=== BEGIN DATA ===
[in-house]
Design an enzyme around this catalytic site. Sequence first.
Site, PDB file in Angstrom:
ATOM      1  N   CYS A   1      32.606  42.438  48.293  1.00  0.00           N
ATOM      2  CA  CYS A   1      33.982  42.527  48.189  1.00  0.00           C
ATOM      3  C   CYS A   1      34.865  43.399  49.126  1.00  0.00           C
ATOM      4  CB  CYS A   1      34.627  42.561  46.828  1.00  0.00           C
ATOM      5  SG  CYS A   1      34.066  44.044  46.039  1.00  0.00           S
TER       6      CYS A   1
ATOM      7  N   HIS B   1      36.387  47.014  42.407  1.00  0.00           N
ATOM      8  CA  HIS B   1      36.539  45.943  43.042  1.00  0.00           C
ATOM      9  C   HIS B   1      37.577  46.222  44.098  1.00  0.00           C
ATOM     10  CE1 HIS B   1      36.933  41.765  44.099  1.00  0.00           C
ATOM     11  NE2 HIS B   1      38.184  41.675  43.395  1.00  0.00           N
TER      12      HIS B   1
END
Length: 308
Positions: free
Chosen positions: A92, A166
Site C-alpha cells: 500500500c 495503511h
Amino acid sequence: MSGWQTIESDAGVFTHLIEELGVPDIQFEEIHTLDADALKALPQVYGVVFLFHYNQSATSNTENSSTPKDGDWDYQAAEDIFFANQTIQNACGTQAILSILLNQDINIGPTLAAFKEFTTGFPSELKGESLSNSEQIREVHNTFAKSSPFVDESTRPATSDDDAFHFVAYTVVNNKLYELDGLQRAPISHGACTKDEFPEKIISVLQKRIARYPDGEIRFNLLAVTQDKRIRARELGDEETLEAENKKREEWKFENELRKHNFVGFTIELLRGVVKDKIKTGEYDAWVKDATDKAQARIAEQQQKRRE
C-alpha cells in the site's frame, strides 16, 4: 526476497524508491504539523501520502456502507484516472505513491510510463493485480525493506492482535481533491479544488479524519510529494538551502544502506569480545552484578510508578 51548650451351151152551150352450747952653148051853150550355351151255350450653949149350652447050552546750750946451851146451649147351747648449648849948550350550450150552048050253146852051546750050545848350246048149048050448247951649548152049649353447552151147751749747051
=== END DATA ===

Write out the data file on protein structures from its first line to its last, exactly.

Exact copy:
[in-house]
Design an enzyme around this catalytic site. Sequence first.
Site, PDB file in Angstrom:
ATOM      1  N   CYS A   1      32.606  42.438  48.293  1.00  0.00           N
ATOM      2  CA  CYS A   1      33.982  42.527  48.189  1.00  0.00           C
ATOM      3  C   CYS A   1      34.865  43.399  49.126  1.00  0.00           C
ATOM      4  CB  CYS A   1      34.627  42.561  46.828  1.00  0.00           C
ATOM      5  SG  CYS A   1      34.066  44.044  46.039  1.00  0.00           S
TER       6      CYS A   1
ATOM      7  N   HIS B   1      36.387  47.014  42.407  1.00  0.00           N
ATOM      8  CA  HIS B   1      36.539  45.943  43.042  1.00  0.00           C
ATOM      9  C   HIS B   1      37.577  46.222  44.098  1.00  0.00           C
ATOM     10  CE1 HIS B   1      36.933  41.765  44.099  1.00  0.00           C
ATOM     11  NE2 HIS B   1      38.184  41.675  43.395  1.00  0.00           N
TER      12      HIS B   1
END
Length: 308
Positions: free
Chosen positions: A92, A166
Site C-alpha cells: 500500500c 495503511h
Amino acid sequence: MSGWQTIESDAGVFTHLIEELGVPDIQFEEIHTLDADALKALPQVYGVVFLFHYNQSATSNTENSSTPKDGDWDYQAAEDIFFANQTIQNACGTQAILSILLNQDINIGPTLAAFKEFTTGFPSELKGESLSNSEQIREVHNTFAKSSPFVDESTRPATSDDDAFHFVAYTVVNNKLYELDGLQRAPISHGACTKDEFPEKIISVLQKRIARYPDGEIRFNLLAVTQDKRIRARELGDEETLEAENKKREEWKFENELRKHNFVGFTIELLRGVVKDKIKTGEYDAWVKDATDKAQARIAEQQQKRRE
C-alpha cells in the site's frame, strides 16, 4: 526476497524508491504539523501520502456502507484516472505513491510510463493485480525493506492482535481533491479544488479524519510529494538551502544502506569480545552484578510508578 51548650451351151152551150352450747952653148051853150550355351151255350450653949149350652447050552546750750946451851146451649147351747648449648849948550350550450150552048050253146852051546750050545848350246048149048050448247951649548152049649353447552151147751749747051